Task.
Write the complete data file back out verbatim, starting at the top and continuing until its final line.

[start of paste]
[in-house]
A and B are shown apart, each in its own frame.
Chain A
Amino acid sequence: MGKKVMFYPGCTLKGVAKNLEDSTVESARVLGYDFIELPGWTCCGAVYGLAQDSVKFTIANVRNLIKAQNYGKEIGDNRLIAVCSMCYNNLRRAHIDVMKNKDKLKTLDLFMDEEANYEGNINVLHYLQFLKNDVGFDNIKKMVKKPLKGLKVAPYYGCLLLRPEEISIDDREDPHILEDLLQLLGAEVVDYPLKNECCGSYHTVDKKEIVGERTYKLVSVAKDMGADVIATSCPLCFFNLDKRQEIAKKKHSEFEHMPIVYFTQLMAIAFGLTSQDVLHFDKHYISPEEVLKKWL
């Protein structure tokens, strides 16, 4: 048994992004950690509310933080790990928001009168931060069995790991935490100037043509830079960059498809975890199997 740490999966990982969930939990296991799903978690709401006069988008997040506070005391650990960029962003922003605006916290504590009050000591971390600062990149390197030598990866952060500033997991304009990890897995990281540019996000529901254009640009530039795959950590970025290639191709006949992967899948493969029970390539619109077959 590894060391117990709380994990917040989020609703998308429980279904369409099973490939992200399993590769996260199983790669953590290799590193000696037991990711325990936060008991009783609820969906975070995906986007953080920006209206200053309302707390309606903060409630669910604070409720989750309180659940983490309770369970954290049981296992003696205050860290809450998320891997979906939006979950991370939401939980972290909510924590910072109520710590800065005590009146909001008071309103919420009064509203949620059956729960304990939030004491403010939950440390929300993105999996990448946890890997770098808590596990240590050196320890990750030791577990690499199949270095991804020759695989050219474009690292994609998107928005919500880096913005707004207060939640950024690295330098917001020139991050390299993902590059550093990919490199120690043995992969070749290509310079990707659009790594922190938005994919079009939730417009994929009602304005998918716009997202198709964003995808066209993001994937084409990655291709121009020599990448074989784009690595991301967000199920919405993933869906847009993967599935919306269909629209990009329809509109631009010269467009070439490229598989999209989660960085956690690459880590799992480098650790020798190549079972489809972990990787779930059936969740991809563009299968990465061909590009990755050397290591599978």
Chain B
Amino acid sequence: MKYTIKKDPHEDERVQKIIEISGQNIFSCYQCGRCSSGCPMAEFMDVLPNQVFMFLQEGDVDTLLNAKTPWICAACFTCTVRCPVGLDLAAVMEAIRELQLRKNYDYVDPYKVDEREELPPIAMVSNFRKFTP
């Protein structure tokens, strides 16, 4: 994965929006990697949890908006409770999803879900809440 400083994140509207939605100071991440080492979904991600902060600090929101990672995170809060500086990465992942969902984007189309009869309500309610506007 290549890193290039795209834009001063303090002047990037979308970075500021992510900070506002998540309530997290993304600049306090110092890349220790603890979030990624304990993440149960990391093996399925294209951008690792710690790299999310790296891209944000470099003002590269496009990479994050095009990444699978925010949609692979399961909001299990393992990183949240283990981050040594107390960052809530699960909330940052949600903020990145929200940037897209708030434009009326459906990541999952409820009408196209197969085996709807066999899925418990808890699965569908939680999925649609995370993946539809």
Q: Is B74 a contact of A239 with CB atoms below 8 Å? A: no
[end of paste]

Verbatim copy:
[in-house]
A and B are shown apart, each in its own frame.
Chain A
Amino acid sequence: MGKKVMFYPGCTLKGVAKNLEDSTVESARVLGYDFIELPGWTCCGAVYGLAQDSVKFTIANVRNLIKAQNYGKEIGDNRLIAVCSMCYNNLRRAHIDVMKNKDKLKTLDLFMDEEANYEGNINVLHYLQFLKNDVGFDNIKKMVKKPLKGLKVAPYYGCLLLRPEEISIDDREDPHILEDLLQLLGAEVVDYPLKNECCGSYHTVDKKEIVGERTYKLVSVAKDMGADVIATSCPLCFFNLDKRQEIAKKKHSEFEHMPIVYFTQLMAIAFGLTSQDVLHFDKHYISPEEVLKKWL
């Protein structure tokens, strides 16, 4: 048994992004950690509310933080790990928001009168931060069995790991935490100037043509830079960059498809975890199997 740490999966990982969930939990296991799903978690709401006069988008997040506070005391650990960029962003922003605006916290504590009050000591971390600062990149390197030598990866952060500033997991304009990890897995990281540019996000529901254009640009530039795959950590970025290639191709006949992967899948493969029970390539619109077959 590894060391117990709380994990917040989020609703998308429980279904369409099973490939992200399993590769996260199983790669953590290799590193000696037991990711325990936060008991009783609820969906975070995906986007953080920006209206200053309302707390309606903060409630669910604070409720989750309180659940983490309770369970954290049981296992003696205050860290809450998320891997979906939006979950991370939401939980972290909510924590910072109520710590800065005590009146909001008071309103919420009064509203949620059956729960304990939030004491403010939950440390929300993105999996990448946890890997770098808590596990240590050196320890990750030791577990690499199949270095991804020759695989050219474009690292994609998107928005919500880096913005707004207060939640950024690295330098917001020139991050390299993902590059550093990919490199120690043995992969070749290509310079990707659009790594922190938005994919079009939730417009994929009602304005998918716009997202198709964003995808066209993001994937084409990655291709121009020599990448074989784009690595991301967000199920919405993933869906847009993967599935919306269909629209990009329809509109631009010269467009070439490229598989999209989660960085956690690459880590799992480098650790020798190549079972489809972990990787779930059936969740991809563009299968990465061909590009990755050397290591599978």
Chain B
Amino acid sequence: MKYTIKKDPHEDERVQKIIEISGQNIFSCYQCGRCSSGCPMAEFMDVLPNQVFMFLQEGDVDTLLNAKTPWICAACFTCTVRCPVGLDLAAVMEAIRELQLRKNYDYVDPYKVDEREELPPIAMVSNFRKFTP
């Protein structure tokens, strides 16, 4: 994965929006990697949890908006409770999803879900809440 400083994140509207939605100071991440080492979904991600902060600090929101990672995170809060500086990465992942969902984007189309009869309500309610506007 290549890193290039795209834009001063303090002047990037979308970075500021992510900070506002998540309530997290993304600049306090110092890349220790603890979030990624304990993440149960990391093996399925294209951008690792710690790299999310790296891209944000470099003002590269496009990479994050095009990444699978925010949609692979399961909001299990393992990183949240283990981050040594107390960052809530699960909330940052949600903020990145929200940037897209708030434009009326459906990541999952409820009408196209197969085996709807066999899925418990808890699965569908939680999925649609995370993946539809």
Q: Is B74 a contact of A239 with CB atoms below 8 Å? A: no